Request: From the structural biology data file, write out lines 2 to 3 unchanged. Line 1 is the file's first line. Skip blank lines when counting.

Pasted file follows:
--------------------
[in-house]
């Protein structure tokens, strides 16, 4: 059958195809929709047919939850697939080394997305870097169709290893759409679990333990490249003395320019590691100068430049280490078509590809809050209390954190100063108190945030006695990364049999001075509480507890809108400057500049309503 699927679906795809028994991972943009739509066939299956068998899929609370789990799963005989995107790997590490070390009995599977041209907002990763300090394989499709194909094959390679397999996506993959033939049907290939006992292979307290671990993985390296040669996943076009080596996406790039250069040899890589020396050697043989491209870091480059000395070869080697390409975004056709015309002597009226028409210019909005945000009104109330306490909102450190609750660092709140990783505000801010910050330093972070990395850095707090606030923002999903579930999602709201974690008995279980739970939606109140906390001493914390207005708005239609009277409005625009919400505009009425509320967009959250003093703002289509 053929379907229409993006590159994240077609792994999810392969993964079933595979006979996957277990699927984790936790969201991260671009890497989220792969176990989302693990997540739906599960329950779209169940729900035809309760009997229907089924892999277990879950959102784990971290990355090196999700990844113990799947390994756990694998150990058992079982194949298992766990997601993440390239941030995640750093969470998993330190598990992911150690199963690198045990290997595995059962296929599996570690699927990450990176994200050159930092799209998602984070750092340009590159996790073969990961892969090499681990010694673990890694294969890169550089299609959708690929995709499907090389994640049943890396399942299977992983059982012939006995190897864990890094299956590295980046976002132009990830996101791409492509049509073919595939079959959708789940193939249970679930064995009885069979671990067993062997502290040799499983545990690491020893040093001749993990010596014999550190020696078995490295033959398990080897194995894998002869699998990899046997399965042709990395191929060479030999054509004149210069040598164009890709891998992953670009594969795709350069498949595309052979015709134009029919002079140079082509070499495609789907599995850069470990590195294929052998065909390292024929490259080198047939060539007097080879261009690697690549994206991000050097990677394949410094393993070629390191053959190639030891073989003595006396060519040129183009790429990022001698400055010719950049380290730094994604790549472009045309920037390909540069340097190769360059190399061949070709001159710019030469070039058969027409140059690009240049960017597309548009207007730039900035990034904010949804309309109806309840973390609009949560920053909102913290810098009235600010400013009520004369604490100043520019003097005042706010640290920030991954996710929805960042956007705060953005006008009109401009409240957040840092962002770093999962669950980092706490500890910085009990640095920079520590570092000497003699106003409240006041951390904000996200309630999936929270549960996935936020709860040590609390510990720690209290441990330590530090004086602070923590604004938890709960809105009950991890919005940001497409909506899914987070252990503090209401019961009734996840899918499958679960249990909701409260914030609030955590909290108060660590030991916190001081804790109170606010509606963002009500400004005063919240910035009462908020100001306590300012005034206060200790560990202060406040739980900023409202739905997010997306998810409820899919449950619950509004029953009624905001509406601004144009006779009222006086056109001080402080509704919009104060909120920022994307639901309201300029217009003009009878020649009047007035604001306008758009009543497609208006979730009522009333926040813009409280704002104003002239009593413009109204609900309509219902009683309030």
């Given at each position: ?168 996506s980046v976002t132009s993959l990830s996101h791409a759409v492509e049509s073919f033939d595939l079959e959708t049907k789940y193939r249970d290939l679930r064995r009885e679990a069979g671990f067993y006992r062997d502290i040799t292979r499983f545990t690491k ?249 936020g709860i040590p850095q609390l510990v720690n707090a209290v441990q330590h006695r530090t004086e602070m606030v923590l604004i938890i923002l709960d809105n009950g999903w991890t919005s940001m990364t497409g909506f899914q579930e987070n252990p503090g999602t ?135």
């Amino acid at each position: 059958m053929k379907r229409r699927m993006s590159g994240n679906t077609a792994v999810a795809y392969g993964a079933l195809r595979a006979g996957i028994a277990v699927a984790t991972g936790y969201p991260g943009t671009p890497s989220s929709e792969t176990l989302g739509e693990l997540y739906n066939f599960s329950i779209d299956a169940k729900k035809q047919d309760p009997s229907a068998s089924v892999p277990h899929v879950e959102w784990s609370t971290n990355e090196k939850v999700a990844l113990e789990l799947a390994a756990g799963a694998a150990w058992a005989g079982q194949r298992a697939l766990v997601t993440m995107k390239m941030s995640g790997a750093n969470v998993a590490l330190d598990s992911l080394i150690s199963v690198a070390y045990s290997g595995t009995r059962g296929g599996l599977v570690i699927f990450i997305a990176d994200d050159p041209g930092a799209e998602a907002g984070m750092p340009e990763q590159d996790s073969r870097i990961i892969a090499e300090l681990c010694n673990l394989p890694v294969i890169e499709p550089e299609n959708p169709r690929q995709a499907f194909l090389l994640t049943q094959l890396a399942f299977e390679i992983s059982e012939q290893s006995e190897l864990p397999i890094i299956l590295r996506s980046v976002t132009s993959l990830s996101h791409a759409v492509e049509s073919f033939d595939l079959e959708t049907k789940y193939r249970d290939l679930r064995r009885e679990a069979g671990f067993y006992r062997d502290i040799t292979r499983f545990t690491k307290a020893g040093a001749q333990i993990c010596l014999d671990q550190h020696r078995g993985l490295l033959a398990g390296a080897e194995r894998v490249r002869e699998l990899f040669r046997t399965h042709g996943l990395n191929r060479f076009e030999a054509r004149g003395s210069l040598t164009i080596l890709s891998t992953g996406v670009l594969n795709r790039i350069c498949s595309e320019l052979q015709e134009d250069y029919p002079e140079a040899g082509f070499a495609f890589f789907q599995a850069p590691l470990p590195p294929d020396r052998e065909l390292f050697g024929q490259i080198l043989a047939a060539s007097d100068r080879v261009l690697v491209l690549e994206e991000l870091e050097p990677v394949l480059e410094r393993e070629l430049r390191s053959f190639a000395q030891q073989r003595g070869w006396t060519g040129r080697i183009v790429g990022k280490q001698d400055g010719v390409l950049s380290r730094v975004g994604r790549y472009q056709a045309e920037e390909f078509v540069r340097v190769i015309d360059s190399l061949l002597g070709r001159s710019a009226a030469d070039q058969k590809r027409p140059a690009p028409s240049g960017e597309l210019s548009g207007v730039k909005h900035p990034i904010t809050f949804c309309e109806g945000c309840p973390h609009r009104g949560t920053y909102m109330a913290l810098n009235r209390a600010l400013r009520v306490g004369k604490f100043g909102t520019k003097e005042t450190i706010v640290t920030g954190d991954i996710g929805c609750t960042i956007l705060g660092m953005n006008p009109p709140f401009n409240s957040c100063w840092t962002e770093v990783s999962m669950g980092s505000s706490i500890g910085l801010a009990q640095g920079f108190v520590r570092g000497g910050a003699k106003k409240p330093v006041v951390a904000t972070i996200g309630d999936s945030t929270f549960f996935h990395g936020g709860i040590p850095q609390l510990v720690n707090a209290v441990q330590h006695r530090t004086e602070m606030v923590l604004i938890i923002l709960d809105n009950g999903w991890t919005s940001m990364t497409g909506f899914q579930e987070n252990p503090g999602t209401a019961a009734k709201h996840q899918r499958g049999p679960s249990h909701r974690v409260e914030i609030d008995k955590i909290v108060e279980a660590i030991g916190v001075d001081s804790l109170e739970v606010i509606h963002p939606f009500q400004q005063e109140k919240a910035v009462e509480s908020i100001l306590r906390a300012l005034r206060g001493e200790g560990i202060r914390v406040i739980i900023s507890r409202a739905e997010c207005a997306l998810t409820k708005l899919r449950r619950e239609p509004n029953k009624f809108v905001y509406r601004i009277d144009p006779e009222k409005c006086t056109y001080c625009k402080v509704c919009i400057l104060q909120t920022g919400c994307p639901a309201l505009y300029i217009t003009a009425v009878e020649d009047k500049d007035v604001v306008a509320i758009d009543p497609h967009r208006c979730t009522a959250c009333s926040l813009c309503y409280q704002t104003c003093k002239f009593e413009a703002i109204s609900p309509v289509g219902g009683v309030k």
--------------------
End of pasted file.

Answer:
């Protein structure tokens, strides 16, 4: 059958195809929709047919939850697939080394997305870097169709290893759409679990333990490249003395320019590691100068430049280490078509590809809050209390954190100063108190945030006695990364049999001075509480507890809108400057500049309503 699927679906795809028994991972943009739509066939299956068998899929609370789990799963005989995107790997590490070390009995599977041209907002990763300090394989499709194909094959390679397999996506993959033939049907290939006992292979307290671990993985390296040669996943076009080596996406790039250069040899890589020396050697043989491209870091480059000395070869080697390409975004056709015309002597009226028409210019909005945000009104109330306490909102450190609750660092709140990783505000801010910050330093972070990395850095707090606030923002999903579930999602709201974690008995279980739970939606109140906390001493914390207005708005239609009277409005625009919400505009009425509320967009959250003093703002289509 053929379907229409993006590159994240077609792994999810392969993964079933595979006979996957277990699927984790936790969201991260671009890497989220792969176990989302693990997540739906599960329950779209169940729900035809309760009997229907089924892999277990879950959102784990971290990355090196999700990844113990799947390994756990694998150990058992079982194949298992766990997601993440390239941030995640750093969470998993330190598990992911150690199963690198045990290997595995059962296929599996570690699927990450990176994200050159930092799209998602984070750092340009590159996790073969990961892969090499681990010694673990890694294969890169550089299609959708690929995709499907090389994640049943890396399942299977992983059982012939006995190897864990890094299956590295980046976002132009990830996101791409492509049509073919595939079959959708789940193939249970679930064995009885069979671990067993062997502290040799499983545990690491020893040093001749993990010596014999550190020696078995490295033959398990080897194995894998002869699998990899046997399965042709990395191929060479030999054509004149210069040598164009890709891998992953670009594969795709350069498949595309052979015709134009029919002079140079082509070499495609789907599995850069470990590195294929052998065909390292024929490259080198047939060539007097080879261009690697690549994206991000050097990677394949410094393993070629390191053959190639030891073989003595006396060519040129183009790429990022001698400055010719950049380290730094994604790549472009045309920037390909540069340097190769360059190399061949070709001159710019030469070039058969027409140059690009240049960017597309548009207007730039900035990034904010949804309309109806309840973390609009949560920053909102913290810098009235600010400013009520004369604490100043520019003097005042706010640290920030991954996710929805960042956007705060953005006008009109401009409240957040840092962002770093999962669950980092706490500890910085009990640095920079520590570092000497003699106003409240006041951390904000996200309630999936929270549960996935936020709860040590609390510990720690209290441990330590530090004086602070923590604004938890709960809105009950991890919005940001497409909506899914987070252990503090209401019961009734996840899918499958679960249990909701409260914030609030955590909290108060660590030991916190001081804790109170606010509606963002009500400004005063919240910035009462908020100001306590300012005034206060200790560990202060406040739980900023409202739905997010997306998810409820899919449950619950509004029953009624905001509406601004144009006779009222006086056109001080402080509704919009104060909120920022994307639901309201300029217009003009009878020649009047007035604001306008758009009543497609208006979730009522009333926040813009409280704002104003002239009593413009109204609900309509219902009683309030």
């Given at each position: ?168 996506s980046v976002t132009s993959l990830s996101h791409a759409v492509e049509s073919f033939d595939l079959e959708t049907k789940y193939r249970d290939l679930r064995r009885e679990a069979g671990f067993y006992r062997d502290i040799t292979r499983f545990t690491k ?249 936020g709860i040590p850095q609390l510990v720690n707090a209290v441990q330590h006695r530090t004086e602070m606030v923590l604004i938890i923002l709960d809105n009950g999903w991890t919005s940001m990364t497409g909506f899914q579930e987070n252990p503090g999602t ?135």